Thanks, Michael. Before we open it up for Q&A, I'd like to turn the call back over to Alan for a moment.

Alan D. Schnitzer -- Chairman And Chief Executive Officer

Thanks, Abbe. As bittersweet as it is, we have one last piece of business this morning before we turn to Q&A. I want to acknowledge and thank our partner and friend, Tom Kunkel, who will be retiring in September after a spectacular 37-year career at Travelers. Tom's impact as the leader of our very successful surety and management liability businesses has been profound. In addition to delivering exceptional financial results over many years, Tom and his leadership team fostered a culture of care, community and excellence that extends throughout our Bond & Specialty organization and throughout Travelers.

It's one of the many reasons why I'm so pleased that Jeff Klenk, currently a member of Tom's leadership team and head of our management liability business, will succeed Tom. Jeff has been at Travelers for more than 20 years. He's a proven leader and the perfect candidate to take the reins from Tom. You'll hear from Jeff in October on our third quarter earnings call.

Tom, we're all going to miss you personally and professionally.

And with that, we're happy to take your questions.

Questions and Answers:

Operator

Thank you. [Operator Instructions] We have our first question from the line of Michael Phillips from Morgan Stanley. Please go ahead.

Michael Phillips -- Morgan Stanley -- Analyst

Thank you and good morning everybody. I wanted to drill first, I guess, Michael, on some of your comments on personal auto and your comment, I think toward the end, when you said you'll begin to file some rate increases later in the year. Question kind of center around the timing of that. Frequency benefit for you seem to be lasting a little bit longer than some of your peers, maybe that's a mix of business issue that you might have a little more preferred. Maybe you can confirm that.

But what's driving -- if frequency is starting to come back to pre-pandemic levels and you expect that to continue, I guess, why not take rate now? Why wait till later in the year? And what's driving that need for rate? If it's not frequency, maybe it is, is it more of the severity? So kind of a couple-pronged question there, but more on the timing of the rate, why not now? And then really kind of what's driving? Is it more of the frequency or severity that's driving your need for rate? Thank you.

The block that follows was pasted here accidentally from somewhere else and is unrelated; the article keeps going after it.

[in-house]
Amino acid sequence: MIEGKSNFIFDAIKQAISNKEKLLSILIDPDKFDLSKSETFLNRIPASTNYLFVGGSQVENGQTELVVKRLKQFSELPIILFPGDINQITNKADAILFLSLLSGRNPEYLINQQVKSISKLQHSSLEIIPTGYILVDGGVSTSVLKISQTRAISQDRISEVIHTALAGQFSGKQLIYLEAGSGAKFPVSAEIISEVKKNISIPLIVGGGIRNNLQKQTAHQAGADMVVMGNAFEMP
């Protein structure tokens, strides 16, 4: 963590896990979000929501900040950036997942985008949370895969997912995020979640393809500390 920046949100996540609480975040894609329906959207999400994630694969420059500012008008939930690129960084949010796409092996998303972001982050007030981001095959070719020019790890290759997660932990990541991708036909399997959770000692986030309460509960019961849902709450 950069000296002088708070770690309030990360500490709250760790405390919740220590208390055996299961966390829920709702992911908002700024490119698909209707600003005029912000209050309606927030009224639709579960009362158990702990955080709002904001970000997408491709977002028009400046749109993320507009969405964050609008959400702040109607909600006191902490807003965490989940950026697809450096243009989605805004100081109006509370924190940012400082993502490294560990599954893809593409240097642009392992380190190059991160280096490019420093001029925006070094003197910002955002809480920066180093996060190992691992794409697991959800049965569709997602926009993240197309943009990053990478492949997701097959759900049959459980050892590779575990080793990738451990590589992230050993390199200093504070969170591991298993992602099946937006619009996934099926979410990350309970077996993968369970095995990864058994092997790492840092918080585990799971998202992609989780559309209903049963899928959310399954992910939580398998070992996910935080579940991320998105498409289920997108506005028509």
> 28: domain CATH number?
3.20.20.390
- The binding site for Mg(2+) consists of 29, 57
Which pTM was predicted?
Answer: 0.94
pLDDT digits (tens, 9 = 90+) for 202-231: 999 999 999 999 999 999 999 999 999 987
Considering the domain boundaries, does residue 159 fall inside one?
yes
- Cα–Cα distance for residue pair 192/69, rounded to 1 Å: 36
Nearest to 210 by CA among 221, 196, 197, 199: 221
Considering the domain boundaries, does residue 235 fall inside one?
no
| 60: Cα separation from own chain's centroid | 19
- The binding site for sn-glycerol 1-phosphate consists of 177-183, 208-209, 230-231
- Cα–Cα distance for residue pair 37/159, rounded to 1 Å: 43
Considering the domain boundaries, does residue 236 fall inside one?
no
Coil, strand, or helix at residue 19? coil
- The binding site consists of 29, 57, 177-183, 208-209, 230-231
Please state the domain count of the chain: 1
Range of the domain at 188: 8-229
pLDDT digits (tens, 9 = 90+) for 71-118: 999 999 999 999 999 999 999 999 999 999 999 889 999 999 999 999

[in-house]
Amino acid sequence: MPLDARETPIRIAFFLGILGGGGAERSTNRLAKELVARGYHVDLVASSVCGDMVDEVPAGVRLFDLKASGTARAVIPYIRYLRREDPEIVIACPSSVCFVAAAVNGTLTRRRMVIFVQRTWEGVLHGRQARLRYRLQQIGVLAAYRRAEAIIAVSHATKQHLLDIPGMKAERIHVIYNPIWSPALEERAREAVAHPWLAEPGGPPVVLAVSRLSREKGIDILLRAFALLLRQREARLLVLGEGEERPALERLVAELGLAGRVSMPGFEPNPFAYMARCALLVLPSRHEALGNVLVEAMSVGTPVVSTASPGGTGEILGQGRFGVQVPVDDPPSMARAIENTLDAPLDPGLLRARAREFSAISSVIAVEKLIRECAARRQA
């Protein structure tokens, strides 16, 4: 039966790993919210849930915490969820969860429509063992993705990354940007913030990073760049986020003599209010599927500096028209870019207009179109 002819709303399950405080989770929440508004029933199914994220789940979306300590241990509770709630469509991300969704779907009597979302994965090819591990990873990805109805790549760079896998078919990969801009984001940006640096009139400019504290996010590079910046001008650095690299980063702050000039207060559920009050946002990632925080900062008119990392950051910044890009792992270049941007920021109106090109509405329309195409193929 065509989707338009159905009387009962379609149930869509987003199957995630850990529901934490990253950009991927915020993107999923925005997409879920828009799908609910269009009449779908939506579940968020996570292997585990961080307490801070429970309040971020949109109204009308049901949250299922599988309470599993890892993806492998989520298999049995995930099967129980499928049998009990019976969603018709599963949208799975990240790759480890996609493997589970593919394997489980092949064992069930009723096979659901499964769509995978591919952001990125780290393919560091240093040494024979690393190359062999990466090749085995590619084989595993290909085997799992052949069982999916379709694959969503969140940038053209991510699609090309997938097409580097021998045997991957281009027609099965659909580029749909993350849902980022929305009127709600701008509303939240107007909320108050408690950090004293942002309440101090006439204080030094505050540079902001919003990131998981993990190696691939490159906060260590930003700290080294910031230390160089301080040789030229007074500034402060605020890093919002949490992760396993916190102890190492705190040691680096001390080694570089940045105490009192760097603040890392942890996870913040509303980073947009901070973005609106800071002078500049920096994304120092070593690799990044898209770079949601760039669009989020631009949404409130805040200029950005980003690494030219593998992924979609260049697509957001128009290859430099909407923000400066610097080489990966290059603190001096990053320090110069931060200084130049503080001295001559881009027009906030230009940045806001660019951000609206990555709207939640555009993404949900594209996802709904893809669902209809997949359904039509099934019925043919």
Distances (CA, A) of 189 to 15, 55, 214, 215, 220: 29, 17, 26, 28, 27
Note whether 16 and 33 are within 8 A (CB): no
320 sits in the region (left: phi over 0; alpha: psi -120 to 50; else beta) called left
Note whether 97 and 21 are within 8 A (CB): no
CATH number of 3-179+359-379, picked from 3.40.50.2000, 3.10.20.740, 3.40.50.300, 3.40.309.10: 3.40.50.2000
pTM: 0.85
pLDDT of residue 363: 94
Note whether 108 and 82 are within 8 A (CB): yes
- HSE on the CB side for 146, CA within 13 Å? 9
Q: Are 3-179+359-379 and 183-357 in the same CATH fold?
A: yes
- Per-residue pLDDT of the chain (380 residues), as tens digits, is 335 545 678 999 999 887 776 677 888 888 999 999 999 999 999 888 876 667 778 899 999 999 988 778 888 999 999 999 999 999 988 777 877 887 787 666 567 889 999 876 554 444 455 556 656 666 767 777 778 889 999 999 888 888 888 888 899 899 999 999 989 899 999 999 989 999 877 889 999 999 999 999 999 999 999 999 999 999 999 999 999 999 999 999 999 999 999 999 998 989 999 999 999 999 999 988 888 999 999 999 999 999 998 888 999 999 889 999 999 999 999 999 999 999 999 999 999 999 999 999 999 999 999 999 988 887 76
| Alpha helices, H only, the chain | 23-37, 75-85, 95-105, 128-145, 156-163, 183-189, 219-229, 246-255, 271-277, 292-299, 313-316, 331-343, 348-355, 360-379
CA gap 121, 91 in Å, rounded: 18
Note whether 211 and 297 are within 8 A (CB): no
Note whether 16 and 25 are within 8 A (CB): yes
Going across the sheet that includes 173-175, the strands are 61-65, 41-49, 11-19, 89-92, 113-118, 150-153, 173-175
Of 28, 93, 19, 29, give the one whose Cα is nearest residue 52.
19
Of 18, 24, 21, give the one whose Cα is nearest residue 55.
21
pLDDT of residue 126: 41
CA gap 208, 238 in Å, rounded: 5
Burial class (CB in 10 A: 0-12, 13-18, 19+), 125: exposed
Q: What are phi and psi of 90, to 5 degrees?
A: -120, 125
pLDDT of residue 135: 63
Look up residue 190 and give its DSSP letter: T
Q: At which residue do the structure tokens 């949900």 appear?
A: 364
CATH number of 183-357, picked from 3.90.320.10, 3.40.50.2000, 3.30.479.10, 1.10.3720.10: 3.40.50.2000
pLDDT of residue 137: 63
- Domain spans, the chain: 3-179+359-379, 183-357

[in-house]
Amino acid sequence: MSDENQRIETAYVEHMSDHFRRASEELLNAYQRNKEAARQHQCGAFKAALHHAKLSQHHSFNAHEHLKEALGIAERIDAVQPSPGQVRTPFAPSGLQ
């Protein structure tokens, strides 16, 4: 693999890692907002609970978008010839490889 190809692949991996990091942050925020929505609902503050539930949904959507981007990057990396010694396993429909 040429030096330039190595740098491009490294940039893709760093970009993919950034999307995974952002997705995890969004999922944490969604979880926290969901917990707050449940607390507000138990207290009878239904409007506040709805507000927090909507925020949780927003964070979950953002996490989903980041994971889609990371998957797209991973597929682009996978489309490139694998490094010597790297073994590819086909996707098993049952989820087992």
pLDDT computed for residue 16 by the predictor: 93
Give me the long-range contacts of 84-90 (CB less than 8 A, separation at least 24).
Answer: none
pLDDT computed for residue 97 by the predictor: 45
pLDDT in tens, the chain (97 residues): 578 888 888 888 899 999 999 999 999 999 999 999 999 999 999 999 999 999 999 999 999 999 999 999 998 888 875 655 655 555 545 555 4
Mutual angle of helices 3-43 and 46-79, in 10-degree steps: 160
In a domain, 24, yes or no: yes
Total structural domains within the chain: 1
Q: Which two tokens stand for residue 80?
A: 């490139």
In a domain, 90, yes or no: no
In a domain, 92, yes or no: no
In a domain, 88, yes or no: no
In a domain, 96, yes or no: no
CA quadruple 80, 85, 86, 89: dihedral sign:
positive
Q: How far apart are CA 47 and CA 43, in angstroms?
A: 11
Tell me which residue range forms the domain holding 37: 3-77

Michael F. Klein -- Executive Vice President and President, Personal Insurance

Sure, Michael. Thanks for the question. Really the timing is really just a function of the process. We're actively putting together, filing packages and engaged in conversations with state insurance departments as we speak. So it's not a question of waiting to get rate. It's just a function of the process of working with regulators to get rate increases filed and approved.

And to your question about frequency and severity, again, I think in my comments about the quarter in particular, we're seeing frequency coming out of the quarter returning more toward pre-pandemic levels and we are seeing severity pressure. I had spiked [Phonetic] out some of the physical damage pressures and I can give you just a quick example there. Right? You've all seen the news about used car prices being up 50%. That particularly impacts us in the case of total losses, where the average case value of that total loss is up pretty significantly. There is a little bit of an offsetting good guy there because we get more for the salvage recovery on that total vehicle, but net-net, that put an upward pressure on severity. And that's one example. Total cost to repair vehicles is up. Bodily injury severity has also got upward pressure on it.

So we're responding really to both frequency and severity to answer your question on the drivers.

Michael Phillips -- Morgan Stanley -- Analyst

Okay. That's helpful, Michael, and maybe just a follow-up then on that. If the timing -- you say it's more of a process, it sounds like you'd rather do some sooner rather than later. Does the -- I mean, your margins today in the second quarter were still better than 2Q20 -- 2Q19, I'm sorry. Still better than pre-COVID, but you expect things to change. So do you -- with margins still better, do you expect much of a pushback from anybody at the state level to say you guys and maybe some of the industry still have really good profit here so that might be a bit of a pushback on that. I don't know how much you expect to get from rate, but there might be some pushback on the ability to get rate that you'll want, given pretty decent returns still?